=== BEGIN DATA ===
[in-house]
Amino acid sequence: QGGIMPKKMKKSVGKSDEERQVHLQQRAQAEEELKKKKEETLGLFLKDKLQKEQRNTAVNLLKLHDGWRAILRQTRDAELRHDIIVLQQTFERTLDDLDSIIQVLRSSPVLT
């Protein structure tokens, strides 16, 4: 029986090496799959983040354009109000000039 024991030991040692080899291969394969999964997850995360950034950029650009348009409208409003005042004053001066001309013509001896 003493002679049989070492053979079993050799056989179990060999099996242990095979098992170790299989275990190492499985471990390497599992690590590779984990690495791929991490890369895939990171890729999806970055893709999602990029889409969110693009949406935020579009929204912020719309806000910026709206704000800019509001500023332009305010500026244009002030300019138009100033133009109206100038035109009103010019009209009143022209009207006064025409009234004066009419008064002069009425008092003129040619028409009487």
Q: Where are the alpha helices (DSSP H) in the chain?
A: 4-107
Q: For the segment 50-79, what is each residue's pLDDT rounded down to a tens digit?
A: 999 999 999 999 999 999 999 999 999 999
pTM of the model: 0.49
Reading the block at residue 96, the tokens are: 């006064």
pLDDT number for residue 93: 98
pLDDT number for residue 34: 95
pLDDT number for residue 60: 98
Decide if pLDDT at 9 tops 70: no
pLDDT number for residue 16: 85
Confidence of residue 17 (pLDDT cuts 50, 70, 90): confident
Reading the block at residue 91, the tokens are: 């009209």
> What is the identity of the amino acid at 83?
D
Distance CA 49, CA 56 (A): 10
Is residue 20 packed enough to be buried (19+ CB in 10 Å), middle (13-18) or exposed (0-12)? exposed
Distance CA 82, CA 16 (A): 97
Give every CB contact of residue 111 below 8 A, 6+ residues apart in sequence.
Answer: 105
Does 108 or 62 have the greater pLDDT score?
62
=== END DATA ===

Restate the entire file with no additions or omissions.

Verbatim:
[in-house]
Amino acid sequence: QGGIMPKKMKKSVGKSDEERQVHLQQRAQAEEELKKKKEETLGLFLKDKLQKEQRNTAVNLLKLHDGWRAILRQTRDAELRHDIIVLQQTFERTLDDLDSIIQVLRSSPVLT
């Protein structure tokens, strides 16, 4: 029986090496799959983040354009109000000039 024991030991040692080899291969394969999964997850995360950034950029650009348009409208409003005042004053001066001309013509001896 003493002679049989070492053979079993050799056989179990060999099996242990095979098992170790299989275990190492499985471990390497599992690590590779984990690495791929991490890369895939990171890729999806970055893709999602990029889409969110693009949406935020579009929204912020719309806000910026709206704000800019509001500023332009305010500026244009002030300019138009100033133009109206100038035109009103010019009209009143022209009207006064025409009234004066009419008064002069009425008092003129040619028409009487």
Q: Where are the alpha helices (DSSP H) in the chain?
A: 4-107
Q: For the segment 50-79, what is each residue's pLDDT rounded down to a tens digit?
A: 999 999 999 999 999 999 999 999 999 999
pTM of the model: 0.49
Reading the block at residue 96, the tokens are: 């006064």
pLDDT number for residue 93: 98
pLDDT number for residue 34: 95
pLDDT number for residue 60: 98
Decide if pLDDT at 9 tops 70: no
pLDDT number for residue 16: 85
Confidence of residue 17 (pLDDT cuts 50, 70, 90): confident
Reading the block at residue 91, the tokens are: 């009209």
> What is the identity of the amino acid at 83?
D
Distance CA 49, CA 56 (A): 10
Is residue 20 packed enough to be buried (19+ CB in 10 Å), middle (13-18) or exposed (0-12)? exposed
Distance CA 82, CA 16 (A): 97
Give every CB contact of residue 111 below 8 A, 6+ residues apart in sequence.
Answer: 105
Does 108 or 62 have the greater pLDDT score?
62